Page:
By Jonathan Serrie, ,
Published May 23, 2017
Despite soaring temperatures and dry conditions, firefighters continue to battle flames in and near the Okefenokee National Wildlife Refuge. The wildfire is currently the largest in the country.
“This fire right now is the top priority in the nation,” Tom Stokesberry, a public information officer with the U.S. Forest Service, told Fox News. “It has over 700 firefighters on it from 36 different states, including the District of Columbia and Puerto Rico.”
A thick haze that had covered much of the area has lifted, allowing helicopters and fixed wing aircraft to dump water and flame-retardant chemicals on the fire. But clear skies have also boosted temperatures, posing greater challenges to firefighters on the ground and making drought conditions in the Okefenokee even worse.
“We are in conditions right now that we’re absolutely bone dry, 100 percent ignition, unpredictable weather,” said Michael Lusk, Okefenokee National Wildlife Refuge manager. “People need to get out when they’re asked to get out.”
The area is sparsely populated. But that comes as little consolation to those who live here. Some residents in evacuation zones have chosen to stay behind to watch over livestock and property.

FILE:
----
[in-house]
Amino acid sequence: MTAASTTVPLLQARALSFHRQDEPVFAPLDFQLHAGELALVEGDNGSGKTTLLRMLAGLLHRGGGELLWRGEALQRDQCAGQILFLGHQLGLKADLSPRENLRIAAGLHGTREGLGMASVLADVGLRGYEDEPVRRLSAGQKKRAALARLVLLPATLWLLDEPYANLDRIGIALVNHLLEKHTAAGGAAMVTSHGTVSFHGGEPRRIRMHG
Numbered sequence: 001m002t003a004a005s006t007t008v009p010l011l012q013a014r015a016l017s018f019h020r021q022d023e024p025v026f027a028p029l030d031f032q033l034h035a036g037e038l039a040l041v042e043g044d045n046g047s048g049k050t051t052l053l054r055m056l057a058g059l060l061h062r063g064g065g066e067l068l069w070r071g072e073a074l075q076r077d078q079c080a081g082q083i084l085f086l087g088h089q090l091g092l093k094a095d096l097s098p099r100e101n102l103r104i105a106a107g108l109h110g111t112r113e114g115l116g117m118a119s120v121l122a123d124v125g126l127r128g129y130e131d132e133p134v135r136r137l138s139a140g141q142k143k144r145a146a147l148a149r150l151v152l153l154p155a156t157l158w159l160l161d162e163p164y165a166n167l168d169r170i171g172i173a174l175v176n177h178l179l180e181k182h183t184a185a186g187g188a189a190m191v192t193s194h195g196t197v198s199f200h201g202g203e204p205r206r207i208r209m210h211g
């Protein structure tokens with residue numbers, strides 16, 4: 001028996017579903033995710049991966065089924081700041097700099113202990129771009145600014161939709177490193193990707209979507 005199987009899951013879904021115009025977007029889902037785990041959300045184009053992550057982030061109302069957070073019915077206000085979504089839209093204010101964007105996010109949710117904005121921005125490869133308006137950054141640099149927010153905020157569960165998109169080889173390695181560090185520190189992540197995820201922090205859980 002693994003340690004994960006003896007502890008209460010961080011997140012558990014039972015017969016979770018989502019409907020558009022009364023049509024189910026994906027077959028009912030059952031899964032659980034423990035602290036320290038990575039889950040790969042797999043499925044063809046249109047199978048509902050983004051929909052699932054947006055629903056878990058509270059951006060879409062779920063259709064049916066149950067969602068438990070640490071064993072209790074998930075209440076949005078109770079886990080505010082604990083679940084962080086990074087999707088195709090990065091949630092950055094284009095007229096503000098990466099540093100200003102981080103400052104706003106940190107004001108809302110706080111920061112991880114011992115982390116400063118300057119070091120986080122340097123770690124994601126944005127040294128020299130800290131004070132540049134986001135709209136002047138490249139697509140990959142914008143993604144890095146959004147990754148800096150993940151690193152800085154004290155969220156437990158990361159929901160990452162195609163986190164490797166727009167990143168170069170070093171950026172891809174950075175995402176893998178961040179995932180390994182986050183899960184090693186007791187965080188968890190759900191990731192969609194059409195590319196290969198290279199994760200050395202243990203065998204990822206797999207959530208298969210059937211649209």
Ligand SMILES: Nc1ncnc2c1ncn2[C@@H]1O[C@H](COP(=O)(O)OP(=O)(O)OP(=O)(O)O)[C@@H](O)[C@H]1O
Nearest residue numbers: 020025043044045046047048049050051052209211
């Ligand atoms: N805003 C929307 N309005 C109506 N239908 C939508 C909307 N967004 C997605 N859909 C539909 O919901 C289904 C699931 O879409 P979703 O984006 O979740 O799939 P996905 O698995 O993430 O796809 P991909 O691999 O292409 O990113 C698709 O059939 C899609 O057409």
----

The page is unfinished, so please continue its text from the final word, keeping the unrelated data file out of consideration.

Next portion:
So far, no firefighters or residents have been injured and no structures have been lost. But the refuge manager said it’s too early to predict how long the fires will continue to burn.
“In the past, fires like this have gone out in June when we had really heavy rains. Or, quite frankly, they’ve gone on for almost a year,” Lusk said. “If the peat gets really dry and the fire gets down in that peat, you cannot put that out until there’s a heavy rain like a tropical storm. So at this point, honestly, I would not hazard a guess.”
In St. George, a small Georgia town near the wildfire, volunteers have gathered at a local church to provide meals and supplies to firefighters and other first responders.
“Everybody wants to help,” said Grady Allbritton, pastor of St. George Church of God. “We can’t fight the fires. We don’t have the training and it could be dangerous. But we can cook and we know how to handle food.”
Fox News’ Jeff Burton, Willie Inman and David Lewkowict contributed to this report.